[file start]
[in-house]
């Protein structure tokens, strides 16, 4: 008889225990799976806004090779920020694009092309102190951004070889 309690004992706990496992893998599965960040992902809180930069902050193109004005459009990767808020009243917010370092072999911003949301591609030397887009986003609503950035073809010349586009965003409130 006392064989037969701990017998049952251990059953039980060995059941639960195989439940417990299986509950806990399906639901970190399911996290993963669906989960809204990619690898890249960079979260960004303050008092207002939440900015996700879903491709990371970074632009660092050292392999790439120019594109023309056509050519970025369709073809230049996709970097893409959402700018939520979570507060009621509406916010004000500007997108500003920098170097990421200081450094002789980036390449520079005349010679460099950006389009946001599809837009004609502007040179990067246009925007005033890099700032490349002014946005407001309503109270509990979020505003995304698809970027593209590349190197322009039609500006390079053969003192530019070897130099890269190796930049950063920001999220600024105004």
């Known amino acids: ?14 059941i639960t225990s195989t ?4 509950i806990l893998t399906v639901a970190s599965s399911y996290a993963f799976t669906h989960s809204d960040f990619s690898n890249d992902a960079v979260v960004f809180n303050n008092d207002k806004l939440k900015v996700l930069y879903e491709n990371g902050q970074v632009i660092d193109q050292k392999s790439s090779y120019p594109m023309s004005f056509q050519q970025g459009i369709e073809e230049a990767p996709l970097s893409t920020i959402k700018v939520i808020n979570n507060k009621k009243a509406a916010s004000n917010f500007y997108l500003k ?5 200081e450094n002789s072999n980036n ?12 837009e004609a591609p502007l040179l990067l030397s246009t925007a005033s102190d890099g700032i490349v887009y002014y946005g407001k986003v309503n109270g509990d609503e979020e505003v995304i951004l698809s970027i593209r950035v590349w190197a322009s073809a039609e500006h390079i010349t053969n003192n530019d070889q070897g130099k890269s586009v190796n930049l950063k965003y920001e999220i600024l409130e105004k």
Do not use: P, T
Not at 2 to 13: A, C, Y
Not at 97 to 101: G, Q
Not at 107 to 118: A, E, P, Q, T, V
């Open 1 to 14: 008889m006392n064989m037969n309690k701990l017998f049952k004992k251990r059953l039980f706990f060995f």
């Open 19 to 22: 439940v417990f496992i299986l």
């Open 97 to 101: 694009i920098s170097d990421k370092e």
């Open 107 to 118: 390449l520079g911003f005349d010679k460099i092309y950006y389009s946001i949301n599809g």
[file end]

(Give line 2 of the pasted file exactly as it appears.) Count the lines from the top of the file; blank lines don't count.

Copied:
């Protein structure tokens, strides 16, 4: 008889225990799976806004090779920020694009092309102190951004070889 309690004992706990496992893998599965960040992902809180930069902050193109004005459009990767808020009243917010370092072999911003949301591609030397887009986003609503950035073809010349586009965003409130 006392064989037969701990017998049952251990059953039980060995059941639960195989439940417990299986509950806990399906639901970190399911996290993963669906989960809204990619690898890249960079979260960004303050008092207002939440900015996700879903491709990371970074632009660092050292392999790439120019594109023309056509050519970025369709073809230049996709970097893409959402700018939520979570507060009621509406916010004000500007997108500003920098170097990421200081450094002789980036390449520079005349010679460099950006389009946001599809837009004609502007040179990067246009925007005033890099700032490349002014946005407001309503109270509990979020505003995304698809970027593209590349190197322009039609500006390079053969003192530019070897130099890269190796930049950063920001999220600024105004």